Mr. Aylmer being further questioned in relation to a letter sent by him to Jamaica, sometime ago, whereof an extract is mentioned in some of the minutes of the Council and Assembly, relating to the dispatch of business here in England, concerning Jamaica, and particularly the Acts of that island, he said that he hoped that a favourable interpretation, would be put upon what he had written, not designing any reflection on the Govr. but that it proceeded from his desire to forward the dispatch of an act relating to possessions, which was not solicited by any other of the Gentlemen here, concerned in Jamaica—And that some of the books and records of the island being lost, several Merchants had presented a Memorial upon the same subject [M. 95] and five of the Gentlemen of the Council had voted in his, the said Aylmer's favour, for which they had given their reasons.
A letter from Mr. Lowndes to the Secry. dated the 16th instant, signifying the Lords Commrs. of the Treasury's desire, upon one inclosed from Mr. Blathwayt, that this Board, would inform them if there be any rule or instruction for disposing of the half salary of the Govrs. of his Majesty's plantations, during the said Govrs. absence from their respective governments, and in relation to the allowances for the charge of transporting themselves and families, was read, together with Mr. Blathwayt's said letter; and the draught of an answer thereto, was agreed and ordered to be sent.
A letter from Mr. Pulteney, his Majesty's Secretary at War, dated the 25th instant [fo. 39, 52], referring to the Board the petition of Lieut. Colonel Reading for the Govnt. of Annapolis Royal in Nova Scotia, was read [fo. 42, 46]; and directions given for searching the books of this office if there be any precedent of references to this Board by the Secretary at War in relation to the recommendation of Governors.
A letter from Mr. Parkes by order of the Earl of Orkney [fo. 27], with the extracts of two letters to his Lordship from the Lord Archd. Hamilton Govr. of Jamaica, dated the 15th of Novr. and 10th Decr., 1714, mentioned in the Minutes of the 23 March 1714–15, was read.
Mr. Orby attending [fo. 8] and representing to their lordships, that it is of very great consequence to the Govnt. of New York, that the Acts relating to the payment of the debts of that province, against which the Earl of Clarendon has presented a coveat, should be considered as soon as possible in order to his Majesty's pleasure thereupon; and observing further that my Lord Clarendon has had copies thereof near a month ago, and been since pressed for his objections in writing to the said Acts; their lordships resolved to proceed in the consideration thereof at the first opportunity.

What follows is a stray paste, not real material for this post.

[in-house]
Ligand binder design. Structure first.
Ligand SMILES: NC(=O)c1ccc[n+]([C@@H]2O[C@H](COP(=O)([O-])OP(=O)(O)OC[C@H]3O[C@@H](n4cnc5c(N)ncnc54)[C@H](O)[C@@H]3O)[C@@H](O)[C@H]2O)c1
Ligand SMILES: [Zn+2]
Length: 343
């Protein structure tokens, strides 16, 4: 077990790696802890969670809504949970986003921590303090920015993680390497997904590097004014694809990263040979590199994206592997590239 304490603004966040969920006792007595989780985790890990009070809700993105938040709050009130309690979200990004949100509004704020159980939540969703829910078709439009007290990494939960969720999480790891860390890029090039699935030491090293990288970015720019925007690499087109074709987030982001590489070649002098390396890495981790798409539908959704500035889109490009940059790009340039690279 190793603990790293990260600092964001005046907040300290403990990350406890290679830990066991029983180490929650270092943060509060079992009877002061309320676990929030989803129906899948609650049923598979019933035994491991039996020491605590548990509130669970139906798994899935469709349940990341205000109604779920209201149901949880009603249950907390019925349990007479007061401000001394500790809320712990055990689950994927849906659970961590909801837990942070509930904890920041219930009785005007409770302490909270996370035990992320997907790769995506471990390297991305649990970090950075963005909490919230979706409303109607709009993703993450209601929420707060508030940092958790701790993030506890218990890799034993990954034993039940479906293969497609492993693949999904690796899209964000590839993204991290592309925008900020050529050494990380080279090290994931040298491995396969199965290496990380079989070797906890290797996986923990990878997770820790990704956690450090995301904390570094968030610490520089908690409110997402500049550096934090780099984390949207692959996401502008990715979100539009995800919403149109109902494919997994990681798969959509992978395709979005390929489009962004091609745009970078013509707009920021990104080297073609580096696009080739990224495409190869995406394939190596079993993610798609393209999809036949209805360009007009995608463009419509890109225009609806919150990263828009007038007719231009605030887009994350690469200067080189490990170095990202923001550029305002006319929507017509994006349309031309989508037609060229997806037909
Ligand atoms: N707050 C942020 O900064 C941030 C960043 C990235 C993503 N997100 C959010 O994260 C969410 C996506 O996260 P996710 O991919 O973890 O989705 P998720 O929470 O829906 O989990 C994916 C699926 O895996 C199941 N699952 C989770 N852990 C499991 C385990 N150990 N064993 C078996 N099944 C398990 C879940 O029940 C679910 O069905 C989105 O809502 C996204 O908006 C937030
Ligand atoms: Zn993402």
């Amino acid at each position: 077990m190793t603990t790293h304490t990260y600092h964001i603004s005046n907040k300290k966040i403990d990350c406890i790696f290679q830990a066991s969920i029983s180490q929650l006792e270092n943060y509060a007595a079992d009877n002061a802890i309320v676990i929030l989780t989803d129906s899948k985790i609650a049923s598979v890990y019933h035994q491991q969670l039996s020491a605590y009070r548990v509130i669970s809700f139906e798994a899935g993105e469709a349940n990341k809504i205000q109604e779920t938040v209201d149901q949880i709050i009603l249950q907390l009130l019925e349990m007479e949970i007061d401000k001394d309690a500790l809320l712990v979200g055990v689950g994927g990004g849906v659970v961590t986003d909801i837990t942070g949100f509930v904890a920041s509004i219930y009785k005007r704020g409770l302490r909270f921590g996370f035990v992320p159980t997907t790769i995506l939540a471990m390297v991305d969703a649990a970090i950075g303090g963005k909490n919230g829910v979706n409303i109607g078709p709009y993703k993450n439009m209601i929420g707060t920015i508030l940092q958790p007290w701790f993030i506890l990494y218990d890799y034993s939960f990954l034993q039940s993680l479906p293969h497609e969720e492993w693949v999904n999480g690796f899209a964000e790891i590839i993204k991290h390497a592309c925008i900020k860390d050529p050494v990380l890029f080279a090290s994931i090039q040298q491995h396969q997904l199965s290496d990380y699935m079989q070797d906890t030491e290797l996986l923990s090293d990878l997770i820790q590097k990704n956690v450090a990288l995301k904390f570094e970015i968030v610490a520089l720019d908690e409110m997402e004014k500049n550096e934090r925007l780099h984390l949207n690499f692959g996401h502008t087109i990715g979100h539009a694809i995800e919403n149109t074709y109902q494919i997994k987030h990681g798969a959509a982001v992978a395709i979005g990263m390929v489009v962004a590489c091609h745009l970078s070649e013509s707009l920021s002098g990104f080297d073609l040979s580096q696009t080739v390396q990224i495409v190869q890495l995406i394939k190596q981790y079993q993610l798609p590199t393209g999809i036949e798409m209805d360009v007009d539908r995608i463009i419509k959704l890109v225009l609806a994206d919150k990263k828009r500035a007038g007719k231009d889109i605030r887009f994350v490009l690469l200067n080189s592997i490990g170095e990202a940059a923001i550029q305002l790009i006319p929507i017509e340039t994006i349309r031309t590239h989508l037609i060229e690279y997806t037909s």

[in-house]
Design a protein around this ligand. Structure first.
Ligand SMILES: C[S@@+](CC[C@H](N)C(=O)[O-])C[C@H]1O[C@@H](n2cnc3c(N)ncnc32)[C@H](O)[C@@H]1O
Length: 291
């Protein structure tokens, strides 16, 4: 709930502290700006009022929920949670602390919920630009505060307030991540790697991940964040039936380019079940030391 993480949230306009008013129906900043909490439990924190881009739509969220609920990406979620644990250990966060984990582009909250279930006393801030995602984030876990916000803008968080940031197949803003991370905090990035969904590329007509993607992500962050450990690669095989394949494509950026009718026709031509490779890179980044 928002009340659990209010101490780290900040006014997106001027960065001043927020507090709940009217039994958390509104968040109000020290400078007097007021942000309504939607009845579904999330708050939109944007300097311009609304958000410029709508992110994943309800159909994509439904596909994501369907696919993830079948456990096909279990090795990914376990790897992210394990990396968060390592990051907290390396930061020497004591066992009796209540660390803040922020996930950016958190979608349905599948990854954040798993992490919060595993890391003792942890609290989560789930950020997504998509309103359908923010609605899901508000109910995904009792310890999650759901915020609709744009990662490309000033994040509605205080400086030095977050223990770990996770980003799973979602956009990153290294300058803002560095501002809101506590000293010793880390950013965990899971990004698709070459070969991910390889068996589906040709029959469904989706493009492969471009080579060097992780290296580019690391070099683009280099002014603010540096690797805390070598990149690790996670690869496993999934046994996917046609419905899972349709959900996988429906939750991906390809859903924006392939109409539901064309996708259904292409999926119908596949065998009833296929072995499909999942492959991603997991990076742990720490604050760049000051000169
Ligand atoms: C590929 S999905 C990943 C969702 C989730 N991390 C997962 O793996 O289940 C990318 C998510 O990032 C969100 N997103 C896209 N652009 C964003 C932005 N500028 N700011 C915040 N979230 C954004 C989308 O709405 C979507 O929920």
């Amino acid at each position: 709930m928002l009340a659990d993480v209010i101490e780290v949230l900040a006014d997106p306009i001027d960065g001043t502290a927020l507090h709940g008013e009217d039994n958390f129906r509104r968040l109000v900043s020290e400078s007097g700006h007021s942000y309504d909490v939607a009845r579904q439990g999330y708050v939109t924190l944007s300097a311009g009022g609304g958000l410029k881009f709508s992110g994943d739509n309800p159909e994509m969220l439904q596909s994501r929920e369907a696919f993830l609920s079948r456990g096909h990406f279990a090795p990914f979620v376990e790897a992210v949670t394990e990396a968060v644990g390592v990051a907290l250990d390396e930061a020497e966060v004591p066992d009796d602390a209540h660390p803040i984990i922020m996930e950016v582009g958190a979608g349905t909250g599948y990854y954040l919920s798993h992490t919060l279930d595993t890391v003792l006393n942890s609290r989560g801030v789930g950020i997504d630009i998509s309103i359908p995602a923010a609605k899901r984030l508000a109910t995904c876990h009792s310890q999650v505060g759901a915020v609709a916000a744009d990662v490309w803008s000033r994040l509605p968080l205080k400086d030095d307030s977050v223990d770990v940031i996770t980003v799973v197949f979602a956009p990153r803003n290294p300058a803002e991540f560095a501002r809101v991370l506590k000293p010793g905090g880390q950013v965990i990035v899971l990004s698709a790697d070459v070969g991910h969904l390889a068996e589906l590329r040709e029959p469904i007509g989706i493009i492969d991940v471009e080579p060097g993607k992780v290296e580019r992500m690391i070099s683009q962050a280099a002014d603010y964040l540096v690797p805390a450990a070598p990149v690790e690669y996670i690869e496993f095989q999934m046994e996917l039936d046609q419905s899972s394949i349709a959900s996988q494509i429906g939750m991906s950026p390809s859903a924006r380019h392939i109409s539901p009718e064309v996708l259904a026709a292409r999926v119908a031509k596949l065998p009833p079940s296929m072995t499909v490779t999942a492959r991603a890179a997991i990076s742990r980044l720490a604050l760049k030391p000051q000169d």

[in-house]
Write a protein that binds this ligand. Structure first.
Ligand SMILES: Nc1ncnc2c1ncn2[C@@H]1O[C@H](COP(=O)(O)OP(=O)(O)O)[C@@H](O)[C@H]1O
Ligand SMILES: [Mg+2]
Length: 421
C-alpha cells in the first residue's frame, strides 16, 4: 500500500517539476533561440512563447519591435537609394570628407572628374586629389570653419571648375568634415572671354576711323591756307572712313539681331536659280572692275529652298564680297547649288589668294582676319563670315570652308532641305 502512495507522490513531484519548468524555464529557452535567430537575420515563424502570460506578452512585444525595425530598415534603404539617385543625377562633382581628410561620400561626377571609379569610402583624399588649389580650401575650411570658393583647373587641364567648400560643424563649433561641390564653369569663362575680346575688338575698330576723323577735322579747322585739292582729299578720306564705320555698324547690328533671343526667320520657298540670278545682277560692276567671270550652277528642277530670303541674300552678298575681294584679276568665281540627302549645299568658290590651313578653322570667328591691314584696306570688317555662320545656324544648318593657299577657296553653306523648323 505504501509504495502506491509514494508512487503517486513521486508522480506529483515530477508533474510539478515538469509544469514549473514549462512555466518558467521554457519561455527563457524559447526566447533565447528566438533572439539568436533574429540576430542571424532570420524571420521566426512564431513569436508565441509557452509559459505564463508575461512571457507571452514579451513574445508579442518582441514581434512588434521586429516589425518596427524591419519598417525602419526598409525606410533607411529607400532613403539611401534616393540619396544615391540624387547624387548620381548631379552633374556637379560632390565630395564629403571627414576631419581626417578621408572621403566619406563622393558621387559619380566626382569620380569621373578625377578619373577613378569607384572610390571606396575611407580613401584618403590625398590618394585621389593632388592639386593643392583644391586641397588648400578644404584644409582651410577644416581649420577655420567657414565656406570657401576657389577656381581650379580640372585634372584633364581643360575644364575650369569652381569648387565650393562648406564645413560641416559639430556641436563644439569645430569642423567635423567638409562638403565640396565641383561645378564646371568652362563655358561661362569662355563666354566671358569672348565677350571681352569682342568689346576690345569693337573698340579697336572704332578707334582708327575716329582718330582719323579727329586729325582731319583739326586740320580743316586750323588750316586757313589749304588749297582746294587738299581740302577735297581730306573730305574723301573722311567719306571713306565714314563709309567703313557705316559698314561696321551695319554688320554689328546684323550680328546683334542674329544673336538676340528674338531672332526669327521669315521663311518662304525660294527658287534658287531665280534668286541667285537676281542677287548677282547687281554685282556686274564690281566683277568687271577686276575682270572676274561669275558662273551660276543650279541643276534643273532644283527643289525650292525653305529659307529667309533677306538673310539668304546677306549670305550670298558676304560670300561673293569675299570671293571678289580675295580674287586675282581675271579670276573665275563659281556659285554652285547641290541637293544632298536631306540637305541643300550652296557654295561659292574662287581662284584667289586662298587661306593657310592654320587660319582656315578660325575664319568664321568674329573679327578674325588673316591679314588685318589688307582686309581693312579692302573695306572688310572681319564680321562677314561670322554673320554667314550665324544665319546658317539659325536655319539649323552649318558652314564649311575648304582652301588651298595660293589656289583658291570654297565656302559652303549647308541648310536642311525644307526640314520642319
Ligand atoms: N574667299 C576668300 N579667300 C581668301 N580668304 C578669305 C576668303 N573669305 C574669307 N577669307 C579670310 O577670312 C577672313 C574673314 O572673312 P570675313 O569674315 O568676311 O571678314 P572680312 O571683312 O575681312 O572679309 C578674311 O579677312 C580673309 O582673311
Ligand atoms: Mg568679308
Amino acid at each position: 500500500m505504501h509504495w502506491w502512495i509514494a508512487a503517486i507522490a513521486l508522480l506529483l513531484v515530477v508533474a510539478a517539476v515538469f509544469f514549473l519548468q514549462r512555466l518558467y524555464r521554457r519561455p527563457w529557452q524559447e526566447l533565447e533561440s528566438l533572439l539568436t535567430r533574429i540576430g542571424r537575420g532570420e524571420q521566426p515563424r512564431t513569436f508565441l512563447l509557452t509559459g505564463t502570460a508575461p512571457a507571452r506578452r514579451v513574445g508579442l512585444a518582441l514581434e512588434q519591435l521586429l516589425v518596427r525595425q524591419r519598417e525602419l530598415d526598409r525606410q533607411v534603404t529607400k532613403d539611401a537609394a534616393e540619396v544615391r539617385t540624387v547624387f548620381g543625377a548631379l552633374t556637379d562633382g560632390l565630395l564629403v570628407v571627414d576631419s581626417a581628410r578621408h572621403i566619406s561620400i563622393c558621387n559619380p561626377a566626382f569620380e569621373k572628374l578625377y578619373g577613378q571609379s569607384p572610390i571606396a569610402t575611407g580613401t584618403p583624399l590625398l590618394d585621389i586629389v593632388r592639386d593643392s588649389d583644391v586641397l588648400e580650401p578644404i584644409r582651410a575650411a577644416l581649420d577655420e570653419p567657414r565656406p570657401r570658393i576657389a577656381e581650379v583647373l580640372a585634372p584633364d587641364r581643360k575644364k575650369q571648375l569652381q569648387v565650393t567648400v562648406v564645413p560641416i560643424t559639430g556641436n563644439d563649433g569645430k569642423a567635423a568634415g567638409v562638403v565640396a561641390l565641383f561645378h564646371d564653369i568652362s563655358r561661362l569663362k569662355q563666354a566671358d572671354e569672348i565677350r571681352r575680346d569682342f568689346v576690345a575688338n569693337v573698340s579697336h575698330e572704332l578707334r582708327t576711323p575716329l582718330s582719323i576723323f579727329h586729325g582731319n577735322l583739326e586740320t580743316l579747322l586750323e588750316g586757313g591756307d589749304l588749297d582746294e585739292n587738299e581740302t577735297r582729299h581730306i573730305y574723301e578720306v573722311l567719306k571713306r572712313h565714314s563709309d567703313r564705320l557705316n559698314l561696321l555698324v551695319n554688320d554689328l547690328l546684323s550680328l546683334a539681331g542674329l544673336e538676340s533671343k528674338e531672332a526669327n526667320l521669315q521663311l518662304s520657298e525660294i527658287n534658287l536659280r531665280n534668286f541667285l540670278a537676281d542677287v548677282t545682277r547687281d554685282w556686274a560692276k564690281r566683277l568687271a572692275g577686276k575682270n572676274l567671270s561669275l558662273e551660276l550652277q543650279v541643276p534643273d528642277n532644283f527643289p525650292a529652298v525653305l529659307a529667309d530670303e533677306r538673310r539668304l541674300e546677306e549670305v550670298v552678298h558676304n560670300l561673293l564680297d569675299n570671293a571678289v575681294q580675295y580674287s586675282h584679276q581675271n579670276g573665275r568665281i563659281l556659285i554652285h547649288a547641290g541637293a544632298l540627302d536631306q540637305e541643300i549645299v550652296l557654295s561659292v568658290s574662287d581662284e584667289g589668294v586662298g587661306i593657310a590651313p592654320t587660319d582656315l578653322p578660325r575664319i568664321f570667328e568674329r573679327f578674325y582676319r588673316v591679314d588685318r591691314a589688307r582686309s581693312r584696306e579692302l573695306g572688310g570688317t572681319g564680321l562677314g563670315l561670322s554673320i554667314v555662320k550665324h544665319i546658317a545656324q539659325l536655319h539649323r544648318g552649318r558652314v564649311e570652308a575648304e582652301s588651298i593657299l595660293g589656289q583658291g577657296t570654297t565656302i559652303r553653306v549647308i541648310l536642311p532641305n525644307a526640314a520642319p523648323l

The Secry. acquainted the Board [fo. 37] that pursuant to their lordships directions, he had searched the books of this office, and found no precedent of any reference to the Board by a Secry. at War, relating to the recommendation of a Govt.
The draught of a letter to Mr. Secry Stanhope [fo. 18, 40], relating to the renewing of orders to the British Consuls, or Ministers in foreign parts for sending accounts from time to time of the trade there, was laid before the Board, and a progress made in considering thereof.
The draught of a letter to Mr. Stanhope [fo. 39, 44], relating to the renewing of orders to the British Consuls or Ministers in foreign parts for sending accounts from time to time of the trade there, mentioned in yesterday's minutes, was agreed and ordered to be transcribed, and that the same letter, (mutatis mutandis) be prepared to the Lord Viscount Townshend.
A letter from Mr. Pringle of the 28th instant [fo. 9], with the copy of one from the Lords of the Admiralty, upon the letter from this Board to Mr. Secry. Stanhope of the 15th about promoting a good understanding between Govrs. of his Majesty's plantations and the Commanders of ships of war, were read.
A letter from Mr. Secry. Stanhope of 14th January last, for this Boards opinion how his Majesty may best dispose of that part of St. Christophers, yielded up to Great Britain by the French; as also a letter from Mr. Pringle by Mr. Secry. Stanhope's order, of the 8th [Q. fo. 467] (mentioned in the Minutes of the 9th instant), with a memorandum relating to the disposal of the said lands, together with the representation of the Board of Trade of the 5th of May 1714 [Do. fo. 438], and the copy of a report from the Lords Commrs. of the Treasury thereupon, mentioned in the Minutes of the 23rd of Febry. last, and an additional memorial from several Merchants trading to the Leeward Islands; all upon the same subject, were severally read, as were two letters from the Marquis of Wharton and Earl of Orford, recommending to this Board the particular case of Mr. Humphrey Sheppard. Whereupon ordered, [fo. 46] that the said Mr. Sheppard and Mr. Duport have notice to attend the Board at ten, and Mr. Robert Heysham at eleven a clock on Monday morning next.
Mr. Stuckley attending, presented to the Board a representation and petition of the Merchants of Bydeford, trading to Newfoundland, complaining of several abuses there, and desiring that the stages, beaches and fishing rooms at Placentia be left at liberty for the use of the fishing ships, was read.